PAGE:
Maro Itoje says he will never sing
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England’s Maro Itoje has revealed that he will no longer sing ‘Swing Low, Sweet Chariot’ because of the song’s origins in American slavery.

The anthem has been performed by fans at England matches since 1987 but in 2020 it was the subject of a review by the Rugby Football Union in the wake of the Black Lives Matter movement.

While choosing not to ban a song that has been credited to 19th century freedman Wallace Willis, the RFU produced a video explaining its historical context and withdrew its use from marketing and merchandising.

Maro Itoje says he will never sing 'Swing Low, Sweet Chariot' again due to its slavery origins

Maro Itoje says he will never sing ‘Swing Low, Sweet Chariot’ again due to its slavery origins

Itoje has previously said that Swing Low made him feel ‘uncomfortable’, adding that its background is ‘complicated’, but the England second-row of Nigerian heritage has now chosen to take an individual stand.

‘I’m not going to tell people what they should or shouldn’t do but, personally, I won’t sing this song again,’ Itoje told L’Equipe.

‘I sang it before when I was naive and didn’t know its origins but, now knowing the context in the creation of Swing Low, Sweet Chariot, it’s not an anthem that I’m going to repeat any more.’

In October 2020, the Rugby Football Union has announced it will not be banning the song/

In a statement, the RFU said: ‘The RFU has stated it will not ban Swing Low, Sweet Chariot as it has a long-held place in rugby history however, the Union will use its social media and event audiences to proactively educate fans on the history and provenance of the song as well as providing platforms for diverse voices across the game.’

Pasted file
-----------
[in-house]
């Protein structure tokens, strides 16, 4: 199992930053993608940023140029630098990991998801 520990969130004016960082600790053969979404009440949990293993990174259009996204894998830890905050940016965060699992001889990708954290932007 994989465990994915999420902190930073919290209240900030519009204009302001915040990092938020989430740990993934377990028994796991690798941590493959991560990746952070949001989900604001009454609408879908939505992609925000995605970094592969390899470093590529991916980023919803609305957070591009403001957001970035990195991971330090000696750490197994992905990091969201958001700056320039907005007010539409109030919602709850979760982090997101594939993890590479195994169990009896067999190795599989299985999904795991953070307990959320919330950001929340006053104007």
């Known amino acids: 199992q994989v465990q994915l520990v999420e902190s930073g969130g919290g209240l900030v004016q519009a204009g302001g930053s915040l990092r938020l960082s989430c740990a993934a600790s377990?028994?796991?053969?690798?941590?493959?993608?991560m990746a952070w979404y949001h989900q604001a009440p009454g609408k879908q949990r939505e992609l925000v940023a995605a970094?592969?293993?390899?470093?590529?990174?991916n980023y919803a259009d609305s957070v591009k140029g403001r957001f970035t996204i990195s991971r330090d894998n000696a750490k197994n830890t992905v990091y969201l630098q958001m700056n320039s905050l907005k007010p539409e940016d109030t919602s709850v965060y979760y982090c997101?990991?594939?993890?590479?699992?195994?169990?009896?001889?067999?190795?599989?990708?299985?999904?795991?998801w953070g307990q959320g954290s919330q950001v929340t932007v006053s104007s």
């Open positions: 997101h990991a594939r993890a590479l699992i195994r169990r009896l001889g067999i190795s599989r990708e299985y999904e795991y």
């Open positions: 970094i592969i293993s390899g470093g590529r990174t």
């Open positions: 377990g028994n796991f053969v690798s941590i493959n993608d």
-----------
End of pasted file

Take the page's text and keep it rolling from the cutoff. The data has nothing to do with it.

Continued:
Prime Minister Boris Johnson has said the song should not be prohibited, but some former and current players have questioned its popularity.

Ex-England hooker Brian Moore said he ‘hated it’ and former England Women flanker Maggie Alphonsi said it no longer ‘sits easy’ with her. 

Written by a black slave in the American South during the nineteenth century, the song was first belted out by supporters when two black wingers – Martin Offiah and Chris Oti – became sporting heroes on the pitch at the end of the 1980s.

The song has often been covered and released as an official England World Cup song in the past.

It is thought to have been written by Willis, a Native American who before the Civil War was a slave in the Deep South.

A minister transcribed the words he heard Wallis singing and the African American group, The Jubilee Singers, popularised it as they toured around America, the United Kingdom and Europe in the early 20th century.

But it only became a mainstay among supporters in the late 1980s when wingers Offiah and Oti became firm fan favourites.

Offiah was nicknamed Chariots Offiah, a nod to the film Chariots of Fire, in reference to his lightening speed.

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